Nov. 9, 2019

Student Loans

Student loans have become a college graduate’s nightmare. These loans were designed to help a student pay for their college courses and majors, yet, also designed to keep them in a life-long debt. A student loan is nothing like a mortgage, car, or personal loan.

Most loans have a term life, meaning they last for a certain amount of years. Mortgages are usually twenty-thirty, car loans are typically five-seven years, and personal loans are determined between the borrower and the lender, but student loans can go on endlessly. Its institutionalized robbery.

Jackie Krowen of Portland, Oregon says that student loans ruined her life and she wishes she never went to college. She’s paying $1,200 a month in payments to clear her debt with no end in sight.

A retired US Naval Officer co-signed for his daughter, Vanessa McClurg’s, student loan. After falling sick and no longer able to finish school, the loan department threatened to take away her father’s retirement pension.

Many students have been burden with this robbery. One student reported that they call “eight times a day, at least.” Another stated that any plans they had for the future such as buying a home or having a family is destroyed because as a youth counselor, he cannot afford anything but paying back the loan at $730 a month.

While Bernie Sanders, Senator Warren, and others promise “free education,” that is not the way to go. Student loans can have a role in our society and our financial institutions, but there should better grounds than what we have now.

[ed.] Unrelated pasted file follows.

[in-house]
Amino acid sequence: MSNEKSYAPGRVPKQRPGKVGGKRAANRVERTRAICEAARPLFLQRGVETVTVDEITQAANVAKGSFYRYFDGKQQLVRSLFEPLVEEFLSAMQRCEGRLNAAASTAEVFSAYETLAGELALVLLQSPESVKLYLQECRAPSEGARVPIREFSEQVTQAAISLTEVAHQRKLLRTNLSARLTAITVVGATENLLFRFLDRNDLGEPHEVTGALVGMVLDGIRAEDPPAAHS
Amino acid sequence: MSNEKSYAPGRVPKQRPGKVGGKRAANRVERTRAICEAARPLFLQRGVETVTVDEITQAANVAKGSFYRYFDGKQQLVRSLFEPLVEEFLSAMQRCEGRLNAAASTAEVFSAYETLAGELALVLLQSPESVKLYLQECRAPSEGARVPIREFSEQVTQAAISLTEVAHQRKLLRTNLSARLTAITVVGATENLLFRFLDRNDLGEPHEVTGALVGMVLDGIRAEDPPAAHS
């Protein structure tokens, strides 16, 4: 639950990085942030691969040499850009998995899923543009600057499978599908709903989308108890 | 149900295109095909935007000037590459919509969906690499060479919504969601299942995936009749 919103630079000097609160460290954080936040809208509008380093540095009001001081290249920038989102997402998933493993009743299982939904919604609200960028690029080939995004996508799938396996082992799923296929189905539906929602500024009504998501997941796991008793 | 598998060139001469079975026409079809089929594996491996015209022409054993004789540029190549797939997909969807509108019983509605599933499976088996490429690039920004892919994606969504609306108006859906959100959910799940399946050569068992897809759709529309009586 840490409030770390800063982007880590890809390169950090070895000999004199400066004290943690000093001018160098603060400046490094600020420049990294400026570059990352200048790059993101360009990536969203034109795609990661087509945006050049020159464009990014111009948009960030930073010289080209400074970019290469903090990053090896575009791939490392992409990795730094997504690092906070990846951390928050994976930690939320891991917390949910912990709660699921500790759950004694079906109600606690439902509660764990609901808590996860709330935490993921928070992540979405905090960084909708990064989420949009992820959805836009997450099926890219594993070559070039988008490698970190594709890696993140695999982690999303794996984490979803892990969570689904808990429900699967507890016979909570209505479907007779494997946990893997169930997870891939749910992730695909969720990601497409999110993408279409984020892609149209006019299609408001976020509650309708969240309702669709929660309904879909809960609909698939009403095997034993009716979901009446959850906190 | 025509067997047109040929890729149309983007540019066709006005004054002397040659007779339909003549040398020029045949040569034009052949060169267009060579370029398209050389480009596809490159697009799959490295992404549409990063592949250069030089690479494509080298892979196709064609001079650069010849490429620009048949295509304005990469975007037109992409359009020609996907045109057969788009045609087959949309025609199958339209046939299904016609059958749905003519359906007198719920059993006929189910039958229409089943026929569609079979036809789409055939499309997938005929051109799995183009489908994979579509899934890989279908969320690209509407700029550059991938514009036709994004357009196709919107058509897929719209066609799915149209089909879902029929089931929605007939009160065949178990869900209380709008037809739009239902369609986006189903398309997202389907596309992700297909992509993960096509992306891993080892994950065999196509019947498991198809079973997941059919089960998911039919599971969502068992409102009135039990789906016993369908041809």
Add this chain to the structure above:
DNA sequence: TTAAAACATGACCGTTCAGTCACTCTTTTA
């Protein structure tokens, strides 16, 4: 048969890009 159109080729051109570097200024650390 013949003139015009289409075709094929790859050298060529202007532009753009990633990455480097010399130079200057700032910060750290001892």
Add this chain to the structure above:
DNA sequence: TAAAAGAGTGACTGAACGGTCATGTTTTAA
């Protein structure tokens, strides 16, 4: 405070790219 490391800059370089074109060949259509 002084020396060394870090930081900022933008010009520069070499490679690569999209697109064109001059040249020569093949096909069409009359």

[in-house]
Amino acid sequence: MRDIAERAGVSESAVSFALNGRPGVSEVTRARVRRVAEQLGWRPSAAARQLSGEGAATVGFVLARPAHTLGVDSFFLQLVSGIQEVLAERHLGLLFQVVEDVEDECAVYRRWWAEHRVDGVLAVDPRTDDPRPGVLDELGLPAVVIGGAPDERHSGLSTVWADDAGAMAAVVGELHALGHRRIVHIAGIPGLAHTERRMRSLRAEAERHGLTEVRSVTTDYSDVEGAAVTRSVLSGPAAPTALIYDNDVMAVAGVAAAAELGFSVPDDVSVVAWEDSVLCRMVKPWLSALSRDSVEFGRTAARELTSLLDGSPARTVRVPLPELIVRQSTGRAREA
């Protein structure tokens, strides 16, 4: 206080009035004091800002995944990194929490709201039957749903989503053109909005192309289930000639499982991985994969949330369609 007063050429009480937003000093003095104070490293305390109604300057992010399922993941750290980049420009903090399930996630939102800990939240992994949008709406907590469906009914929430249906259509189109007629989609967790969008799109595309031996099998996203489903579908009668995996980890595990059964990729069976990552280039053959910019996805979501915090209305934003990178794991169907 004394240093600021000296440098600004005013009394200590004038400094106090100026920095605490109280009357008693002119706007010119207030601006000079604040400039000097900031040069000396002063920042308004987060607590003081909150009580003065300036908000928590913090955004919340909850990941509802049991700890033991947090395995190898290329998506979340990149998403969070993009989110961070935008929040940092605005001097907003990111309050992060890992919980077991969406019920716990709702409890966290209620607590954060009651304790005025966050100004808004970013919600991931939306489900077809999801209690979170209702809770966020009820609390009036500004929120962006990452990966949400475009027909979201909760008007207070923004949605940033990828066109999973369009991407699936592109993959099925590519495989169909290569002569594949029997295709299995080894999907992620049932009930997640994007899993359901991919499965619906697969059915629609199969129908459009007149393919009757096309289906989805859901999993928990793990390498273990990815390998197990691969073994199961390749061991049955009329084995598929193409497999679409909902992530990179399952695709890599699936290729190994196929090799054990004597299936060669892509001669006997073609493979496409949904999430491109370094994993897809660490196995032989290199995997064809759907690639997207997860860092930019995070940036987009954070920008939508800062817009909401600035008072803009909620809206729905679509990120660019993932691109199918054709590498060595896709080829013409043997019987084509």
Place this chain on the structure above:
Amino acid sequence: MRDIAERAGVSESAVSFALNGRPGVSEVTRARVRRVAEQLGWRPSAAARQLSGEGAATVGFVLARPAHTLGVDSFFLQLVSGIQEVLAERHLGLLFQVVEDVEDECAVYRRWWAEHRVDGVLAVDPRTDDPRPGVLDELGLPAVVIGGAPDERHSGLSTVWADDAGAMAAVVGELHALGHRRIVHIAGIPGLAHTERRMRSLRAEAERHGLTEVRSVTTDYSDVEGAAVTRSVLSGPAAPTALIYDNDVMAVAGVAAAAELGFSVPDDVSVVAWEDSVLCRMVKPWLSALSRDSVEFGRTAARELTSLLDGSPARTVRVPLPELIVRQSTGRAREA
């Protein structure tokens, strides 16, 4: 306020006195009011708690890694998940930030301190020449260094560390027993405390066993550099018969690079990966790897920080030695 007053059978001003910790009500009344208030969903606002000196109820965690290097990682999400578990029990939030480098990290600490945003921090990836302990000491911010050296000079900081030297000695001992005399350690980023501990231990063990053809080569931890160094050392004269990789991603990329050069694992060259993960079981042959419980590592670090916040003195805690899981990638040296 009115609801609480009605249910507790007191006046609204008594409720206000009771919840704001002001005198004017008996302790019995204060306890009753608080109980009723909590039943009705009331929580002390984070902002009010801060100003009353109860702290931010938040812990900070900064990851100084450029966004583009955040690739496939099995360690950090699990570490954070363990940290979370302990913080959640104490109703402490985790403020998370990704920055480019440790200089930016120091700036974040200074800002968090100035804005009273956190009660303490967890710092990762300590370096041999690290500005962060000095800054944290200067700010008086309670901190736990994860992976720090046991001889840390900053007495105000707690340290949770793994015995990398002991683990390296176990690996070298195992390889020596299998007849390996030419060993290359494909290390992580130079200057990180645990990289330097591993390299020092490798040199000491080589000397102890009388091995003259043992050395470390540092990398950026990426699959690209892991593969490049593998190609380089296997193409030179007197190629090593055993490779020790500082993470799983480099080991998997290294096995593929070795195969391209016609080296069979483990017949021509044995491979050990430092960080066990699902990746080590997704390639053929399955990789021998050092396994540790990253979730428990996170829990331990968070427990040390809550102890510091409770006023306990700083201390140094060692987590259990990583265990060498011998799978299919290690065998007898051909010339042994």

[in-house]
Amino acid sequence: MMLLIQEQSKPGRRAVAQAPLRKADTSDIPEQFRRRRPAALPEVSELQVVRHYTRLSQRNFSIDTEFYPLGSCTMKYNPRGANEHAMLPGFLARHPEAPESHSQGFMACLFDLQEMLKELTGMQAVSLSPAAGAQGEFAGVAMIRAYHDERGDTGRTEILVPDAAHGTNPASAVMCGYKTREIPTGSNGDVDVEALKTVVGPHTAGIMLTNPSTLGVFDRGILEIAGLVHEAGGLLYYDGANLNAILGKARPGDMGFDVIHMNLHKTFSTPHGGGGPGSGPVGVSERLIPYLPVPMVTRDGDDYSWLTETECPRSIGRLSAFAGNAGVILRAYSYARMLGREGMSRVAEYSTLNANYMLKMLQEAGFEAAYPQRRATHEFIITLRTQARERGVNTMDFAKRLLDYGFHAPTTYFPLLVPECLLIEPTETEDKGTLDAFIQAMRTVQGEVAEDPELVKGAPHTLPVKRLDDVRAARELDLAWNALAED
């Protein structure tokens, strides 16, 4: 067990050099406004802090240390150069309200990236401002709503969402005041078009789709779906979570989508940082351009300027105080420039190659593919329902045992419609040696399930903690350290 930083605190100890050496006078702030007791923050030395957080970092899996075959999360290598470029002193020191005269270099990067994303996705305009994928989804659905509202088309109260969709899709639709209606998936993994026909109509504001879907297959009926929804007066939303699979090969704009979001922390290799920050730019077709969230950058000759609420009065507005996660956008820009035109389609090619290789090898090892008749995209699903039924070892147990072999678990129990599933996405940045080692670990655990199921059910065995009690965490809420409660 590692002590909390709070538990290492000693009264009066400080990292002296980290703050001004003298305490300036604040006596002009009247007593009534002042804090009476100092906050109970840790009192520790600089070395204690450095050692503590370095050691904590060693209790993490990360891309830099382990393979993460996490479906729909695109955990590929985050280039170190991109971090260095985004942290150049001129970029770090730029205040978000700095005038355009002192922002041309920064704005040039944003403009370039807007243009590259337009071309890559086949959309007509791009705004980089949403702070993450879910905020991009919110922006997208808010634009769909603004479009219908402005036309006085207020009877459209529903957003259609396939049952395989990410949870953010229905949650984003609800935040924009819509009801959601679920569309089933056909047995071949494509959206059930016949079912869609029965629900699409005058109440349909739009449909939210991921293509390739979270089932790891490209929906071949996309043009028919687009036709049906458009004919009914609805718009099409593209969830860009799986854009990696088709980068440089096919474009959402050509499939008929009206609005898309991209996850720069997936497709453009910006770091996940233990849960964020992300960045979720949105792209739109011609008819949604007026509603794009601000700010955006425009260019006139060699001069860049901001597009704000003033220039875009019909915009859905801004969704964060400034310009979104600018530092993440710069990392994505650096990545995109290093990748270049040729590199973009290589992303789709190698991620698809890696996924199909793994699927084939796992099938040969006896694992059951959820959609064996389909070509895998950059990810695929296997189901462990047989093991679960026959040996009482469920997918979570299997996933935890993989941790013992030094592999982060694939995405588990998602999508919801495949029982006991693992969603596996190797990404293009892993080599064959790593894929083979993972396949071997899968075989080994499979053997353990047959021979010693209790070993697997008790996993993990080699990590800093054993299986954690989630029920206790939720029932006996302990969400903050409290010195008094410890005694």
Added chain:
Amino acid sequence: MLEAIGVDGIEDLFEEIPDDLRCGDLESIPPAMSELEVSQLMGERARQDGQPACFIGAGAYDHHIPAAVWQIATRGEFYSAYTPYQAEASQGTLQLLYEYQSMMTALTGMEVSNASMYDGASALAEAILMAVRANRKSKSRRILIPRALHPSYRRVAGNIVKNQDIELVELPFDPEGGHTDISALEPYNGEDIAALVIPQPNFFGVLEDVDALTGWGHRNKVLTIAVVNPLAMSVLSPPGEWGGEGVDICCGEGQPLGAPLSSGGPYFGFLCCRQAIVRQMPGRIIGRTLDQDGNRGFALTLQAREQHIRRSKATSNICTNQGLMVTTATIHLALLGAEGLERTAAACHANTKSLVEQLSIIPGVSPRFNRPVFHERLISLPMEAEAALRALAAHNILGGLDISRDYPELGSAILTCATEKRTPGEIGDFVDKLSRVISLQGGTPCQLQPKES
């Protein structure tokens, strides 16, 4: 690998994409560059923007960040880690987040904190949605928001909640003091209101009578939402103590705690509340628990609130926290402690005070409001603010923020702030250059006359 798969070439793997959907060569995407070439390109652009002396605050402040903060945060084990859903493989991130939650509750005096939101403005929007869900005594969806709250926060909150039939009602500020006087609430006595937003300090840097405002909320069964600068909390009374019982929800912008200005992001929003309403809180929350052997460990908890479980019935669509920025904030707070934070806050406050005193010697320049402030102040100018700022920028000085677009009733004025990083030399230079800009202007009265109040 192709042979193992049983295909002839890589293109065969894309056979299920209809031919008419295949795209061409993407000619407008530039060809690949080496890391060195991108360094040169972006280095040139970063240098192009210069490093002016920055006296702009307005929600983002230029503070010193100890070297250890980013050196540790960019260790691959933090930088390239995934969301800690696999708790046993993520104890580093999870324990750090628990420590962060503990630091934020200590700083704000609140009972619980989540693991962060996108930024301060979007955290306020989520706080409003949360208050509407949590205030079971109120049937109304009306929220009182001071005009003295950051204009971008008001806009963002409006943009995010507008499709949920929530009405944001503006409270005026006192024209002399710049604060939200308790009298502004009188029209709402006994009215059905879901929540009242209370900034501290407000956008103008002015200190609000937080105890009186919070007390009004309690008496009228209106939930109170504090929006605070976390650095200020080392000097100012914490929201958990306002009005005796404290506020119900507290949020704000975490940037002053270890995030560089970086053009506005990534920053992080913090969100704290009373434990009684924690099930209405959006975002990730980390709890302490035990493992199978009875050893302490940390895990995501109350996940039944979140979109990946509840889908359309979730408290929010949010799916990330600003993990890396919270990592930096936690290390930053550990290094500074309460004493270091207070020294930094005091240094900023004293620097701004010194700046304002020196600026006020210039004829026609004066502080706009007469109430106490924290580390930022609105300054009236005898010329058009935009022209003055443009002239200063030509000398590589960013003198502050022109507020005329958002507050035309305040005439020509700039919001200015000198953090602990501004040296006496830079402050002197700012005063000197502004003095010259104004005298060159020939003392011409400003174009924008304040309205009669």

What Bernie Sanders, Elizabeth Warren, and others negate to tell us is that “Free, is not so free.” Taxes would have to be increased for the working class to pay off the student debts for others to make them free. We’re being taxed enough as it is.

I believe if we create the debt, we should be held responsible for our debts. However, I firmly believe the situation of this institutionalized robbery could be resolved with giving term limits to the life of the loan with exceptionally low interest of perhaps 1-3% and not ARPs or institutional fees and percentages. They need to be grounded.

The banks or financial institutions would still make a profit from the loan, and the student would see a light at the end of the tunnel. Otherwise, unless a student receives a scholarship, or their family is paying out of pocket, the only option left to avoid student loans is the military.

Although, the military is an awesome way to earn a career and it should be held with the highest honor to be able to serve our county, the truth of that matter is, not everyone can serve. Saul Newton of Wisconsin stated, “I shouldn’t have to serve to be able to pay for a college education,” (Saul took out a $10,000 student loan and his remaining balance to date is $23,000).

I strongly advocate for better conditions for our future college graduates. I don’t want them to regret a higher education. I want them to succeed and excel in life. As a Real People’s Candidate, I want to see lower interest rates for our students with better term limits on the lives of their loans; I want them to live their dreams, not suffer in financial nightmares.

Copyright® 2019